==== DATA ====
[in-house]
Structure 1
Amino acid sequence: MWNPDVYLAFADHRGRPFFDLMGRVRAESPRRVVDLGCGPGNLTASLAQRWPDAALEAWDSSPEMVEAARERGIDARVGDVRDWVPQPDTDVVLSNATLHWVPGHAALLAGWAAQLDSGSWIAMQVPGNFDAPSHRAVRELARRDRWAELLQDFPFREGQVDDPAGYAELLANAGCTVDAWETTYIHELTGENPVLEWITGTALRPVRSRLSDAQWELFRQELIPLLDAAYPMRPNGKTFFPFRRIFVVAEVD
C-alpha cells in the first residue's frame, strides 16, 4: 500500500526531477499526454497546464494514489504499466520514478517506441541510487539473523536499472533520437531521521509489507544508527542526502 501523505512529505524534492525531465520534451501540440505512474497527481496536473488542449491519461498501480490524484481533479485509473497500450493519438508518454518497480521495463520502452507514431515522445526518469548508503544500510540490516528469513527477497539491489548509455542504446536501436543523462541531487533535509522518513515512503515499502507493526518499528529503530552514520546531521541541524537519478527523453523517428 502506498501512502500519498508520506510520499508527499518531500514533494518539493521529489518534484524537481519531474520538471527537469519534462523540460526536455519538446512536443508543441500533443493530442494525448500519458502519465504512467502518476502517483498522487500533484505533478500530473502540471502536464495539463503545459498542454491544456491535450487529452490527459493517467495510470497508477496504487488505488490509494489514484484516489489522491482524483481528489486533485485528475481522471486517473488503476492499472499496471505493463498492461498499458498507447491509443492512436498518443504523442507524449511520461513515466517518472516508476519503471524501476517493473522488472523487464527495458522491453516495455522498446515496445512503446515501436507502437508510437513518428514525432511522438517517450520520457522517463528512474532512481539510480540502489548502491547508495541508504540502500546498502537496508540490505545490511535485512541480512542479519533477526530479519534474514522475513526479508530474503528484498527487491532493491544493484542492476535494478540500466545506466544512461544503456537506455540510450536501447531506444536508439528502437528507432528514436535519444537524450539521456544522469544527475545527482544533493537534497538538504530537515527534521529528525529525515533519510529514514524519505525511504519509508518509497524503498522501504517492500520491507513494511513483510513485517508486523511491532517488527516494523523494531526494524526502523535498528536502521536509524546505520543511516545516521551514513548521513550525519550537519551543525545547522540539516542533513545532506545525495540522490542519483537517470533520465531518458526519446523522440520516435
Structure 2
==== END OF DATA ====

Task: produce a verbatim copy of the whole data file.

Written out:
[in-house]
Structure 1
Amino acid sequence: MWNPDVYLAFADHRGRPFFDLMGRVRAESPRRVVDLGCGPGNLTASLAQRWPDAALEAWDSSPEMVEAARERGIDARVGDVRDWVPQPDTDVVLSNATLHWVPGHAALLAGWAAQLDSGSWIAMQVPGNFDAPSHRAVRELARRDRWAELLQDFPFREGQVDDPAGYAELLANAGCTVDAWETTYIHELTGENPVLEWITGTALRPVRSRLSDAQWELFRQELIPLLDAAYPMRPNGKTFFPFRRIFVVAEVD
C-alpha cells in the first residue's frame, strides 16, 4: 500500500526531477499526454497546464494514489504499466520514478517506441541510487539473523536499472533520437531521521509489507544508527542526502 501523505512529505524534492525531465520534451501540440505512474497527481496536473488542449491519461498501480490524484481533479485509473497500450493519438508518454518497480521495463520502452507514431515522445526518469548508503544500510540490516528469513527477497539491489548509455542504446536501436543523462541531487533535509522518513515512503515499502507493526518499528529503530552514520546531521541541524537519478527523453523517428 502506498501512502500519498508520506510520499508527499518531500514533494518539493521529489518534484524537481519531474520538471527537469519534462523540460526536455519538446512536443508543441500533443493530442494525448500519458502519465504512467502518476502517483498522487500533484505533478500530473502540471502536464495539463503545459498542454491544456491535450487529452490527459493517467495510470497508477496504487488505488490509494489514484484516489489522491482524483481528489486533485485528475481522471486517473488503476492499472499496471505493463498492461498499458498507447491509443492512436498518443504523442507524449511520461513515466517518472516508476519503471524501476517493473522488472523487464527495458522491453516495455522498446515496445512503446515501436507502437508510437513518428514525432511522438517517450520520457522517463528512474532512481539510480540502489548502491547508495541508504540502500546498502537496508540490505545490511535485512541480512542479519533477526530479519534474514522475513526479508530474503528484498527487491532493491544493484542492476535494478540500466545506466544512461544503456537506455540510450536501447531506444536508439528502437528507432528514436535519444537524450539521456544522469544527475545527482544533493537534497538538504530537515527534521529528525529525515533519510529514514524519505525511504519509508518509497524503498522501504517492500520491507513494511513483510513485517508486523511491532517488527516494523523494531526494524526502523535498528536502521536509524546505520543511516545516521551514513548521513550525519550537519551543525545547522540539516542533513545532506545525495540522490542519483537517470533520465531518458526519446523522440520516435
Structure 2